addr1     = ff:ff:ff:ff:ff:ff (RA=DA)
     addr2     = aa:bb:cc:dd:ee:ff (TA=SA)
     addr3     = aa:bb:cc:dd:ee:ff (BSSID/STA)
     SC        = 0
###[ 802.11 Beacon ]### 
        timestamp = 0
        beacon_interval= 100
        cap       = 
###[ 802.11 Information Element ]### 
           ID        = SSID
           len       = None
           info      = 'MySSID'

Here, we created a packet beacon_pkt where we appended each layer necessary to create a valid packet with a backslash. RadioTap() is the header your wireless card will fill out for you regarding physical properties like the channel. Dot11() is where we put information needed about who the reciever is, and who the sender is. In this case(2), for beacon frames, addr1 is the receiver/destination address and is set as the broadcast address, ff:ff:ff:ff:ff:ff. addr2 is the transmitter/source address, which I set as aa:bb:cc:dd:ee:ff, but you can use any other MAC address you’d like. addr3 is the BSSID, which is essentially the network address. Then we append Dot11Beacon() to designate that this is a management frame beacon packet. Finally, we add the Dot11Elt(), or the Dot11 element with an ID of SSID, or 0(3). We are now ready to send the packet!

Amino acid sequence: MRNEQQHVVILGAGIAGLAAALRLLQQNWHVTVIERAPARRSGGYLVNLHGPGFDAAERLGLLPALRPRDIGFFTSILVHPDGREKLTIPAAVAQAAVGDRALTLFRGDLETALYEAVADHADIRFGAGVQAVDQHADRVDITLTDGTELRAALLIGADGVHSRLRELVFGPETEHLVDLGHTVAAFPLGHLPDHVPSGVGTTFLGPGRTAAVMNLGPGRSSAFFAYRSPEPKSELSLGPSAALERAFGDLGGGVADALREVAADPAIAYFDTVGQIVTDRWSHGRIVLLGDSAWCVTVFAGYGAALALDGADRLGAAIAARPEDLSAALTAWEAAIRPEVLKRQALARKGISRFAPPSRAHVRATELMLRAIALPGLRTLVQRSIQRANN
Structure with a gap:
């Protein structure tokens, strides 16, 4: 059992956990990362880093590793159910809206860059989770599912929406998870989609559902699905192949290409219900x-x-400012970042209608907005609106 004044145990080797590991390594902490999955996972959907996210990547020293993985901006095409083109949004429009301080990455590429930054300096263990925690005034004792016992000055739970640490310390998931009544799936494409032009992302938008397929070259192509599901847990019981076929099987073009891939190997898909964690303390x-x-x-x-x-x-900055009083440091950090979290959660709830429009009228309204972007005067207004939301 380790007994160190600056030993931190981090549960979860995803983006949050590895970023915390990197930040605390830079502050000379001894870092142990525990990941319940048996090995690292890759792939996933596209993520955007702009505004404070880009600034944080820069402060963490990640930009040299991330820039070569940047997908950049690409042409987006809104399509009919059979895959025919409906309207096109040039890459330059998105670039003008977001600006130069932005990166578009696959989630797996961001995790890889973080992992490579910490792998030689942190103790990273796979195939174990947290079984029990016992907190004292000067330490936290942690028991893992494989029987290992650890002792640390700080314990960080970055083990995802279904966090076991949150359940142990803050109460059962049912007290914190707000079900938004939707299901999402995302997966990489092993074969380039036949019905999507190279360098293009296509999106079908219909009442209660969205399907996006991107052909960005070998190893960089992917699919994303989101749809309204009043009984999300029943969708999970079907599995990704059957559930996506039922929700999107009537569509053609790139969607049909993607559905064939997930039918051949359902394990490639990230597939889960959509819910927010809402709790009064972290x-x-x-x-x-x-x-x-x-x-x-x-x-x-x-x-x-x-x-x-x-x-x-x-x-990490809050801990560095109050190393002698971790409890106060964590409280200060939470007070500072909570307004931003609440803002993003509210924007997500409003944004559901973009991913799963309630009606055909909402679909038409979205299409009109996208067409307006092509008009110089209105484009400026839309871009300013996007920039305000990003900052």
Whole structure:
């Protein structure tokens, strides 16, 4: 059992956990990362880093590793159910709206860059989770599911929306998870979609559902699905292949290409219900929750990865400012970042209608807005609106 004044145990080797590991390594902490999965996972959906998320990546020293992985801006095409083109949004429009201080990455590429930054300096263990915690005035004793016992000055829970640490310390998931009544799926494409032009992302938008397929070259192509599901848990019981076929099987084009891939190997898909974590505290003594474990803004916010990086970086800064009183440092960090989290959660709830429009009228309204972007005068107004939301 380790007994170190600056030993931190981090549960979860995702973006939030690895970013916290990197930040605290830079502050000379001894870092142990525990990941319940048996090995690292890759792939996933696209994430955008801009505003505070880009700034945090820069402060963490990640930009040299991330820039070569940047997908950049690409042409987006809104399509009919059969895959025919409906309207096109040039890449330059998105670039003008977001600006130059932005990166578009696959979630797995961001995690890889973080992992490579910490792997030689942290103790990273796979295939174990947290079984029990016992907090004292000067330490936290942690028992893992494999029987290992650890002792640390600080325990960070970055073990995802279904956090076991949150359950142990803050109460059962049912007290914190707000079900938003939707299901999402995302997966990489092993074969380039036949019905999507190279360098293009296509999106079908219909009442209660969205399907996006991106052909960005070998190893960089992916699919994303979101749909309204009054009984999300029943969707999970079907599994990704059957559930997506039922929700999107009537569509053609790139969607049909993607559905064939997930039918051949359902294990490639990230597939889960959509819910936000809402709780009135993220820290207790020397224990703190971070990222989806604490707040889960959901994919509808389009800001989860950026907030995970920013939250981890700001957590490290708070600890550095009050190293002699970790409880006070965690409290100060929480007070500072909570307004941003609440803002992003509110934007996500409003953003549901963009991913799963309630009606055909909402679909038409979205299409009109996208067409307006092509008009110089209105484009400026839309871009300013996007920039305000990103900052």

>>> sendp(beacon_pkt, iface="wlan0mon")
Sent 1 packets.

If we open up Wireshark in another window and start capturing while sending, we’d see our packet being sent out as a valid beacon packet.


Scripting it

So that was pretty easy to do. Let’s script it, as it is Python after all.

from scapy.all import (RadioTap, Dot11, Dot11Beacon, Dot11Elt, sendp)

ssids = ["Never", "Gonna", "Give", "You", "Up"]
while True:
    for s in ssids:
        beacon_pkt = RadioTap()/Dot11(addr1="ff:ff:ff:ff:ff:ff",
            addr3="aa:bb:cc:dd:ee:ff")/Dot11Beacon()/Dot11Elt(ID='SSID', info=s)
        sendp(beacon_pkt, iface="wlan0mon")

Now to run it with sudo $(which python)

Never saw that coming

Well, close enough. The “You” part is somewhere down below but you can’t choose the order your WiFi card sees these packets unless you boost your transmission power levels, which is a no-no with the FCC.

And that’s it! A gentle introduction to Scapy.

  1. There can be multiple virtual interfaces off of a single physical interface, i.e. your built-in WiFi card, that lets you do things like create and route multiple networks. This is how your wireless router can provide a guest network and a personal network on a single wireless interface. 

  2. These addresses will depend on the type and subtype of the packet. Data and management frames for address fields generally are the same. Control frames however can vary widely, and may even only have only one address field. Here’s a quick source for to/from DS fields. 

  3. In beacon packets, everything clients need to know about the network is appended as an element to the beacon packet, such as its encryption, what rates it uses, high throughput capabilities, vendor information, etc. Each element is designated with an ID, the length of the element, and the payload. 

Written on November 11, 2020